Talk:Thomas Martin of Palgrave
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Yamara, What you say is true, but what you have put into the text includes references direct to MSS sources, which is not permitted in Wikipedia (see WP:OR): also these references to Add MSS require the reader to know without being told that Add MSS is a prefix to certain Manuscript collections in the British Library, which you have not mentioned (even if the intention is merely to inform the reader that this information is derived, in the article's published source material, from such a source). Also you have listed the Add MSS as follow-ons to other, published references in the list of references proper at the bottom, so that you have muddled the published and unpublished sources. Also the published sources are given in abbreviated form, which is inappropriate for Wikipedia (e.g. 'Lownes, Bibl. Man. (Bohm)') as hardly anyone will be able to know what you mean, and they should be given in a normal form. In fact they look as if they have just been copied down from an ancient published source, without any critical revision or attempt to reconcile them with modern forms, let alone Wikipedia conventions. As a wikipedia article, all the references (whether presented in Harvard or inline footnote form) need to be to published sources, in recognisable form, and your add mss references and arcane forms in the reflist fall short of this need. I am keen to see this article remain and improve, and these matters need to be addressed. Eebahgum (talk) 11:08, 12 March 2008 (UTC)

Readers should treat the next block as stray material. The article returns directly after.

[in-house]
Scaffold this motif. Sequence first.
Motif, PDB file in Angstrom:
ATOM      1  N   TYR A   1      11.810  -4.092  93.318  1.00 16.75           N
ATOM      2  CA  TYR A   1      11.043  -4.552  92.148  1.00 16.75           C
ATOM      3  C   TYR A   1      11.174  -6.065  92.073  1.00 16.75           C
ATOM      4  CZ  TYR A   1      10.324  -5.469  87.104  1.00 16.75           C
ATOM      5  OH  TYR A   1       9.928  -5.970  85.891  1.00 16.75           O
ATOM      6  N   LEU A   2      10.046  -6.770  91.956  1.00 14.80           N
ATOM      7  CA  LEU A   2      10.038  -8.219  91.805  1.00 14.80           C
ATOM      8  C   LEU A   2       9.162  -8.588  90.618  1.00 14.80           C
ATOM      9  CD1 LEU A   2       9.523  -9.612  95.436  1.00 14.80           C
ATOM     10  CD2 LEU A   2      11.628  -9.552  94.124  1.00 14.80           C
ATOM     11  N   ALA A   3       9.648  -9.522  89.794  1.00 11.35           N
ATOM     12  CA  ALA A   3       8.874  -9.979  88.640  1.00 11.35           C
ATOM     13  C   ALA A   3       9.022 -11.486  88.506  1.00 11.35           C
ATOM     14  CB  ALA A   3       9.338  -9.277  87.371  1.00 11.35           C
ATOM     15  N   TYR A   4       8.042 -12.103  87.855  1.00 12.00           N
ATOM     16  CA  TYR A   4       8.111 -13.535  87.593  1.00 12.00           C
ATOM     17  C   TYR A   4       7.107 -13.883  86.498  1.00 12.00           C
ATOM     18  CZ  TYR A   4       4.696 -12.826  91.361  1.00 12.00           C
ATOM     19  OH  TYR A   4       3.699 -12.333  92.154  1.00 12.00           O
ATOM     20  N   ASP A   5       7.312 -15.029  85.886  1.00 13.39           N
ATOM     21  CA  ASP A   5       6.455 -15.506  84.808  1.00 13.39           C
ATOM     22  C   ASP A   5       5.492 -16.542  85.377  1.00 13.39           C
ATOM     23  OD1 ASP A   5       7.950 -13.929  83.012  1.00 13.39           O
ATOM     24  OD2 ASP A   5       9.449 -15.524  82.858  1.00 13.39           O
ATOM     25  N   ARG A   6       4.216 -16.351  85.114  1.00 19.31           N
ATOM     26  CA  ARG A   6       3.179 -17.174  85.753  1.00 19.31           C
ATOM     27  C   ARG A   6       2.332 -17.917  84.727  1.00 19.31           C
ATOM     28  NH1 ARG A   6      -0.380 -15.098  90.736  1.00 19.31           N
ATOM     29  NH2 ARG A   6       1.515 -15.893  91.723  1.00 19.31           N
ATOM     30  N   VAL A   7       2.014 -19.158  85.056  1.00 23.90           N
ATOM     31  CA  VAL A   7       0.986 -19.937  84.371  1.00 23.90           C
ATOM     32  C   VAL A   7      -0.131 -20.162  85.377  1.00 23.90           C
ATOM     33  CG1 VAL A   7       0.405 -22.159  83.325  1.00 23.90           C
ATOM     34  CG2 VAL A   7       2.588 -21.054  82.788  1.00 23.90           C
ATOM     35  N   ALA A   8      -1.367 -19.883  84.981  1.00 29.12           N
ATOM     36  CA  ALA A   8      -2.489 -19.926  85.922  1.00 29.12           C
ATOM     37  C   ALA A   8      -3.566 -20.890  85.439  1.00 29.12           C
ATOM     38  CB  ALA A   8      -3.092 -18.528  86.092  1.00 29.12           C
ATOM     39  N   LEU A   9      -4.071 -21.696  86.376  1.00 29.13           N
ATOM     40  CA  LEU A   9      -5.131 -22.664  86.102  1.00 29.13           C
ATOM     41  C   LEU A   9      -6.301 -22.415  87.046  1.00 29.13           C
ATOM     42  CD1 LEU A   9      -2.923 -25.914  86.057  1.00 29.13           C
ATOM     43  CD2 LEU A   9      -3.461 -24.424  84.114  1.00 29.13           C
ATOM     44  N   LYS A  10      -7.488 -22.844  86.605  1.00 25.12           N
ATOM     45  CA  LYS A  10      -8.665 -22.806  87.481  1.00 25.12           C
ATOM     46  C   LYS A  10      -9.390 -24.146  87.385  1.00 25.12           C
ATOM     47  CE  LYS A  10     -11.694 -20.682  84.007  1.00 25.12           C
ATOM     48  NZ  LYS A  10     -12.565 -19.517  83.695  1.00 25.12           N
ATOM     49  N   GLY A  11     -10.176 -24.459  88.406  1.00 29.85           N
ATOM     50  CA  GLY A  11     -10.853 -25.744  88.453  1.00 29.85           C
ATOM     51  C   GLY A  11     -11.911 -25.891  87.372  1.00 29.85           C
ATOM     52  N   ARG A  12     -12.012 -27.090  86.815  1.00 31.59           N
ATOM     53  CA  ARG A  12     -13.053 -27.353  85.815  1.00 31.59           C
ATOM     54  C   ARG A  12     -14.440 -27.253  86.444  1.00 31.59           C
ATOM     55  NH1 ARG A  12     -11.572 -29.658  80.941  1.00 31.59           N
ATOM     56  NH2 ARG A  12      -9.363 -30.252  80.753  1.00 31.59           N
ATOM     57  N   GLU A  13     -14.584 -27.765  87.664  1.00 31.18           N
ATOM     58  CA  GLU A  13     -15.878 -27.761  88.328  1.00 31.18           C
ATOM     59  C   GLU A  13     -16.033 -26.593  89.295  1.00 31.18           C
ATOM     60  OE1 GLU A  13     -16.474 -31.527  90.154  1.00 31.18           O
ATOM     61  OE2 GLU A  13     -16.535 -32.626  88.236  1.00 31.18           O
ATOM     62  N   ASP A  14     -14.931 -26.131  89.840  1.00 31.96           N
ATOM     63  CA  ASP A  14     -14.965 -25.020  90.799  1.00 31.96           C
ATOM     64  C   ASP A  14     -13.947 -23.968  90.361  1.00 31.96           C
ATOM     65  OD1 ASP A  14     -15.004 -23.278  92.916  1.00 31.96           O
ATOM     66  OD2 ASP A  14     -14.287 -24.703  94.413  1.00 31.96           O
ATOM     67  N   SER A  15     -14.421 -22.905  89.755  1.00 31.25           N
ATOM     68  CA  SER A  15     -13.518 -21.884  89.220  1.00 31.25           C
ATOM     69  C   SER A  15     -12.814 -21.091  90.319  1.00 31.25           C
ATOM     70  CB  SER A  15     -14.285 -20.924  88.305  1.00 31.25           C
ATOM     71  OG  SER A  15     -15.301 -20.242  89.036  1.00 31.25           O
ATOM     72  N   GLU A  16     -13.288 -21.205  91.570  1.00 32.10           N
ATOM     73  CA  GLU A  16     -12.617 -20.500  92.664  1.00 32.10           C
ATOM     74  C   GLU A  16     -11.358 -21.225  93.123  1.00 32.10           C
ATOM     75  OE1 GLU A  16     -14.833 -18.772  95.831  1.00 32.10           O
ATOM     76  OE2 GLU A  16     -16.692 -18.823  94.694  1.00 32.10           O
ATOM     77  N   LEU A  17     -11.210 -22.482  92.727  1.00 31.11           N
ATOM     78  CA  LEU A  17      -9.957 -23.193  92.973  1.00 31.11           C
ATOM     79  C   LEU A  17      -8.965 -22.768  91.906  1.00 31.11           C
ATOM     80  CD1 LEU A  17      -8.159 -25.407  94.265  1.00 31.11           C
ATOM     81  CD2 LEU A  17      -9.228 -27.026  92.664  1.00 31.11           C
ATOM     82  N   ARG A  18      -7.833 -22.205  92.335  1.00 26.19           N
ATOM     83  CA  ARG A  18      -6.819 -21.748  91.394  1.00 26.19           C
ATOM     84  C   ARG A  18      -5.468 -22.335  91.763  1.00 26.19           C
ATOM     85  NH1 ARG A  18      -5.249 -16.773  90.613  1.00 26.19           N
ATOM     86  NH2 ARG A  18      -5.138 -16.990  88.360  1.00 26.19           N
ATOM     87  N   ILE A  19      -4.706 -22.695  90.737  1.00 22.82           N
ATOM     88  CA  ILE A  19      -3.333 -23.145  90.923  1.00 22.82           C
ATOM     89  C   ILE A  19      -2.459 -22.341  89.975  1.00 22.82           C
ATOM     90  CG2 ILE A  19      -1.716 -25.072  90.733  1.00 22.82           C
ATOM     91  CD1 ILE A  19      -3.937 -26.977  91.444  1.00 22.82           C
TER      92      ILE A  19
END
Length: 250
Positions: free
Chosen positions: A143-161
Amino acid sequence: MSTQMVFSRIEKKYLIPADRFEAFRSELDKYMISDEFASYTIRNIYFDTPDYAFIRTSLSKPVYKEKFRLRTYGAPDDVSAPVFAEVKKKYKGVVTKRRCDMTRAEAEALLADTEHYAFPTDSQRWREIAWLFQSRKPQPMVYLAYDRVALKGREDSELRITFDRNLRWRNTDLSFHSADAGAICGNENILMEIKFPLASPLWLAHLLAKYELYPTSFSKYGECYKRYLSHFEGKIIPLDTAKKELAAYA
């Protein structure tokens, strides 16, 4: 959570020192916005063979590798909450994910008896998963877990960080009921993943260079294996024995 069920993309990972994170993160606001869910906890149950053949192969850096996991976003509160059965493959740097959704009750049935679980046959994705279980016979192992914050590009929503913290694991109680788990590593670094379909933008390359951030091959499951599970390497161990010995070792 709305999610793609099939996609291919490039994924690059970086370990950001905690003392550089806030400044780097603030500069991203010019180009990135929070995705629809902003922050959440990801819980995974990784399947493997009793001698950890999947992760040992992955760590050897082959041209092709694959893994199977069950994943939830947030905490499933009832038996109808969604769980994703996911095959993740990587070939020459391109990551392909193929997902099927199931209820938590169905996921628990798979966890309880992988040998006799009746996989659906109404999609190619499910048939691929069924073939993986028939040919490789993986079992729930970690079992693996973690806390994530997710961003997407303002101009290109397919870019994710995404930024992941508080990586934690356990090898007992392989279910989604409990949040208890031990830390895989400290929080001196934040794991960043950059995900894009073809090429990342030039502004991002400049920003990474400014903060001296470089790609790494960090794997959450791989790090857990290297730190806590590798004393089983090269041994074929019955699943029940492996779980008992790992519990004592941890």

- Good points about the manuscript references. Please note that the original article post was taken verbatim from The Dictionary of National Biography, a work in the public domain. (I retyped it all in by hand, as the Google copy was very corrupted by the fine print.) It would be this resource that could be cited for anything that is an otherwise unpublished resource. Please also note that I'm not precious over which form of citation is used; it just has to be consistent.
- Some article history: I came to look for Tom Martin after starting on the Gough Map article that Cory Doctorow called upon boingboing.net members to create. The Gough Map's provenance was deemed a mystery by the British Museum, with "Honest Tom" being the earliest known holder. I found it interesting that he had acquired Peter Le Neve's collection by marrying his widow, and suspected that the Gough Map might have been held by La Neve during his tenure as King of Arms-- though that is entirely OR and conjecture. In any case, Martin seems to have been important among antiquarians. --Yamara ✉ 20:44, 12 March 2008 (UTC)
Okay, thanks. Tom Martin is an important figure in East Anglian archaeology/antiquarianism, as he is a link between Le Neve (getting the papers through the widow) and people like Thomas Gardiner (spelling?) the Dunwich Historian, Thomas Barber the Lowestoft Historian, and the (immortal?) John Ives, Suffolk Herald Extraordinary. The provenances for his MS collections given in the last part of this article are now out of date, but I'm not quite sure how to update them just yet. The Suffolk Institute Library no longer exists as such but is part of Suffolk Record Office I believe. Cullum collections are dispersed as Hawstead is no longer as was. GM-G-C was President of Suffolk Institute at time of that old DNB article. The Scarfe article on Ives has some useful stuff on TM, and one more modern source would be J. M. Blatchly's Topographers of Suffolk (various editions) which usually contains brief but valuable notices. I'll look at it. best wishes, Eebahgum (talk) 23:20, 12 March 2008 (UTC)